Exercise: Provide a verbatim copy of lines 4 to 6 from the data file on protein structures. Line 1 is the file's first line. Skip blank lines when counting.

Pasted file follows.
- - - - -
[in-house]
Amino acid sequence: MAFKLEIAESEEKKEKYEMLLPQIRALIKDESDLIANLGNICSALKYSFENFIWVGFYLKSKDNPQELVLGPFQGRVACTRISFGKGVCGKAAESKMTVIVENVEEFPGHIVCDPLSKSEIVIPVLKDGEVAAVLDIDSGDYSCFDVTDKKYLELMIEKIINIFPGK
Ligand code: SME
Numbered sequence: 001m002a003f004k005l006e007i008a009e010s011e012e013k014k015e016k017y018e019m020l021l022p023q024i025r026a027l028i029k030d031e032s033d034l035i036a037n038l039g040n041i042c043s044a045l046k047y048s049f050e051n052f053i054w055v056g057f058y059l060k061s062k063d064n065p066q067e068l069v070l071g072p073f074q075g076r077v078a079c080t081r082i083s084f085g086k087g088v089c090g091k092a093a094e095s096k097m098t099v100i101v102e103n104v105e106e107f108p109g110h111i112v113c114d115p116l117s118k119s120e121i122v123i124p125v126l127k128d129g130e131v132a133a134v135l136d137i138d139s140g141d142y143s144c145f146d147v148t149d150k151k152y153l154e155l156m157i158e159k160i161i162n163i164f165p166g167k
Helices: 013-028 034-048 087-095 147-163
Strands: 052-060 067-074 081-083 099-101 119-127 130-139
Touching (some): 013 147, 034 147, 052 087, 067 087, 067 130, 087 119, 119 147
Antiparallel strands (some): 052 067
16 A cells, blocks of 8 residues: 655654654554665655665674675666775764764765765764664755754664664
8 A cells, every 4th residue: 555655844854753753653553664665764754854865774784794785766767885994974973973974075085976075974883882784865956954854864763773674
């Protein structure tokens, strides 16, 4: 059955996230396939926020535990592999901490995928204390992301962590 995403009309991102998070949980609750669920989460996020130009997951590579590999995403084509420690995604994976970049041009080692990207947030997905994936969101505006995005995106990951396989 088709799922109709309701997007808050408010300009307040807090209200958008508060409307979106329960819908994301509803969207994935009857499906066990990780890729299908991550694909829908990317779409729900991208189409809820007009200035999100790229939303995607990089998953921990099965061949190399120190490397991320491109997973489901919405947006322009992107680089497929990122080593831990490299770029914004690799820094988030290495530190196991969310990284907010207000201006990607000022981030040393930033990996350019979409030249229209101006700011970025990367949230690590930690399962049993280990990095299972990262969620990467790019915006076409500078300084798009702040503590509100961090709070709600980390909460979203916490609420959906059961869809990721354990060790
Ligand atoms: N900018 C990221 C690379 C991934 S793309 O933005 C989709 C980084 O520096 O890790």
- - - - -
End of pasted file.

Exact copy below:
Numbered sequence: 001m002a003f004k005l006e007i008a009e010s011e012e013k014k015e016k017y018e019m020l021l022p023q024i025r026a027l028i029k030d031e032s033d034l035i036a037n038l039g040n041i042c043s044a045l046k047y048s049f050e051n052f053i054w055v056g057f058y059l060k061s062k063d064n065p066q067e068l069v070l071g072p073f074q075g076r077v078a079c080t081r082i083s084f085g086k087g088v089c090g091k092a093a094e095s096k097m098t099v100i101v102e103n104v105e106e107f108p109g110h111i112v113c114d115p116l117s118k119s120e121i122v123i124p125v126l127k128d129g130e131v132a133a134v135l136d137i138d139s140g141d142y143s144c145f146d147v148t149d150k151k152y153l154e155l156m157i158e159k160i161i162n163i164f165p166g167k
Helices: 013-028 034-048 087-095 147-163
Strands: 052-060 067-074 081-083 099-101 119-127 130-139